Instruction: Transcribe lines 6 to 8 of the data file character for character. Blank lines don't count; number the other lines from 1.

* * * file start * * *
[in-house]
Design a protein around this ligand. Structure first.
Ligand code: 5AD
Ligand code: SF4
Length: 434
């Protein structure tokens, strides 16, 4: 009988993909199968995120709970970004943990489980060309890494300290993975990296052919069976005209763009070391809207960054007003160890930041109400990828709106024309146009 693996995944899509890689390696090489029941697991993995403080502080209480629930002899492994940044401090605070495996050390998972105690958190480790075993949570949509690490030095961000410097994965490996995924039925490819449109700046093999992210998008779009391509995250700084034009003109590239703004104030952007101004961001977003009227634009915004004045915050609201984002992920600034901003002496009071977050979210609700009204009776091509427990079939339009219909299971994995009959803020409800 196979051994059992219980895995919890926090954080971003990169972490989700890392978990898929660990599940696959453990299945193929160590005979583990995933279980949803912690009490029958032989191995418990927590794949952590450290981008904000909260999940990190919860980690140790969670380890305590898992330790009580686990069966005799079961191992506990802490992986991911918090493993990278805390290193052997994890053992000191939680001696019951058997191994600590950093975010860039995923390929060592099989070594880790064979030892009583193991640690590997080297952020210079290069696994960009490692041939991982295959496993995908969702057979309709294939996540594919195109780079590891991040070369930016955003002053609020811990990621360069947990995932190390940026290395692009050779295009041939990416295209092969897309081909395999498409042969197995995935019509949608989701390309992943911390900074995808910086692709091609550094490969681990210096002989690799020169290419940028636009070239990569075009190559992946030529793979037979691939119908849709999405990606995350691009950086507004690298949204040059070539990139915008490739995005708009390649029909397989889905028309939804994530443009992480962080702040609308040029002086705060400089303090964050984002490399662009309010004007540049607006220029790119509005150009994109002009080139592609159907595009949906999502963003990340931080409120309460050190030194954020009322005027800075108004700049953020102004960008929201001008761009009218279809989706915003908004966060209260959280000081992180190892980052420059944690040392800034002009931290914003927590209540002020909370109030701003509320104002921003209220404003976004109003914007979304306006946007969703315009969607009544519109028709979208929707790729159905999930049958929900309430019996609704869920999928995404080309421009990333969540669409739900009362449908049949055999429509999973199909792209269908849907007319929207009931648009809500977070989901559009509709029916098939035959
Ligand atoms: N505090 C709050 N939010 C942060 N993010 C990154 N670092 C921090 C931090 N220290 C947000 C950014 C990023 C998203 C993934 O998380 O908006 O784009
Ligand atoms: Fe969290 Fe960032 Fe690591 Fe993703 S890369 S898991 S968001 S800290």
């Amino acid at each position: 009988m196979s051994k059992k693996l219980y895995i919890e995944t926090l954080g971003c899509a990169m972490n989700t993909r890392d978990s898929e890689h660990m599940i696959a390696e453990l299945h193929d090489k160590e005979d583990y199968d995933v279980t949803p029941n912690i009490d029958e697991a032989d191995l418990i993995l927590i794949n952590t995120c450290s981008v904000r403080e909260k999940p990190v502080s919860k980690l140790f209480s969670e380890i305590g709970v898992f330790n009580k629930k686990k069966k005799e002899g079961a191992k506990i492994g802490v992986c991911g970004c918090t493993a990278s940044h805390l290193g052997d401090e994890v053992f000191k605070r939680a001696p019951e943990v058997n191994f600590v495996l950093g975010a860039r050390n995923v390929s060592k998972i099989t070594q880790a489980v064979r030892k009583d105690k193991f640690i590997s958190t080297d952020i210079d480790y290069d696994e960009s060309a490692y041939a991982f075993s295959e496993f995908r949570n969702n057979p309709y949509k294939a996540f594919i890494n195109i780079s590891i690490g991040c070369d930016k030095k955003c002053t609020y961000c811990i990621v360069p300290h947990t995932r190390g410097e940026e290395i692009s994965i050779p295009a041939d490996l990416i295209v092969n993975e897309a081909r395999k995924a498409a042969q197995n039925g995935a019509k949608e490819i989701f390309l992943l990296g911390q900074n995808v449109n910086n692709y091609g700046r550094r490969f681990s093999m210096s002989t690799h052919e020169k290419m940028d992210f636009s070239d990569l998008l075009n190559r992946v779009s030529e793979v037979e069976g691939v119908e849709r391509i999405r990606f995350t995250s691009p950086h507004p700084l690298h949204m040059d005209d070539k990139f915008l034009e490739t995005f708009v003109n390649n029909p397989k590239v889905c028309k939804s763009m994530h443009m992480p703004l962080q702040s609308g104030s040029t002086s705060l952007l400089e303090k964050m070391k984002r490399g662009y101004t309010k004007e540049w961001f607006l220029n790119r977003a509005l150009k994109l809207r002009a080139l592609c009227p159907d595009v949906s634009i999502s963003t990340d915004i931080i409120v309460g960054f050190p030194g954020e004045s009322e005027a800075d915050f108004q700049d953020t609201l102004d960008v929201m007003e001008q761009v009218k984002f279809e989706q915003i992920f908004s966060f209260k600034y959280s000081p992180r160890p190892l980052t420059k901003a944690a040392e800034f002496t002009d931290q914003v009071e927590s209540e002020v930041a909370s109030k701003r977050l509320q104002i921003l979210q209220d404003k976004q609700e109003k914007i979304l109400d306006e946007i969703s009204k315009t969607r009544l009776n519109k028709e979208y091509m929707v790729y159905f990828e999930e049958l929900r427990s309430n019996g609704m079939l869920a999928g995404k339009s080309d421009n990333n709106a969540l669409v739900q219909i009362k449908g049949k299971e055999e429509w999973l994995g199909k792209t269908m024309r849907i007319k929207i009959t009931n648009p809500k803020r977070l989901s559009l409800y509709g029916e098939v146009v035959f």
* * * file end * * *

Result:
């Protein structure tokens, strides 16, 4: 009988993909199968995120709970970004943990489980060309890494300290993975990296052919069976005209763009070391809207960054007003160890930041109400990828709106024309146009 693996995944899509890689390696090489029941697991993995403080502080209480629930002899492994940044401090605070495996050390998972105690958190480790075993949570949509690490030095961000410097994965490996995924039925490819449109700046093999992210998008779009391509995250700084034009003109590239703004104030952007101004961001977003009227634009915004004045915050609201984002992920600034901003002496009071977050979210609700009204009776091509427990079939339009219909299971994995009959803020409800 196979051994059992219980895995919890926090954080971003990169972490989700890392978990898929660990599940696959453990299945193929160590005979583990995933279980949803912690009490029958032989191995418990927590794949952590450290981008904000909260999940990190919860980690140790969670380890305590898992330790009580686990069966005799079961191992506990802490992986991911918090493993990278805390290193052997994890053992000191939680001696019951058997191994600590950093975010860039995923390929060592099989070594880790064979030892009583193991640690590997080297952020210079290069696994960009490692041939991982295959496993995908969702057979309709294939996540594919195109780079590891991040070369930016955003002053609020811990990621360069947990995932190390940026290395692009050779295009041939990416295209092969897309081909395999498409042969197995995935019509949608989701390309992943911390900074995808910086692709091609550094490969681990210096002989690799020169290419940028636009070239990569075009190559992946030529793979037979691939119908849709999405990606995350691009950086507004690298949204040059070539990139915008490739995005708009390649029909397989889905028309939804994530443009992480962080702040609308040029002086705060400089303090964050984002490399662009309010004007540049607006220029790119509005150009994109002009080139592609159907595009949906999502963003990340931080409120309460050190030194954020009322005027800075108004700049953020102004960008929201001008761009009218279809989706915003908004966060209260959280000081992180190892980052420059944690040392800034002009931290914003927590209540002020909370109030701003509320104002921003209220404003976004109003914007979304306006946007969703315009969607009544519109028709979208929707790729159905999930049958929900309430019996609704869920999928995404080309421009990333969540669409739900009362449908049949055999429509999973199909792209269908849907007319929207009931648009809500977070989901559009509709029916098939035959
Ligand atoms: N505090 C709050 N939010 C942060 N993010 C990154 N670092 C921090 C931090 N220290 C947000 C950014 C990023 C998203 C993934 O998380 O908006 O784009
Ligand atoms: Fe969290 Fe960032 Fe690591 Fe993703 S890369 S898991 S968001 S800290």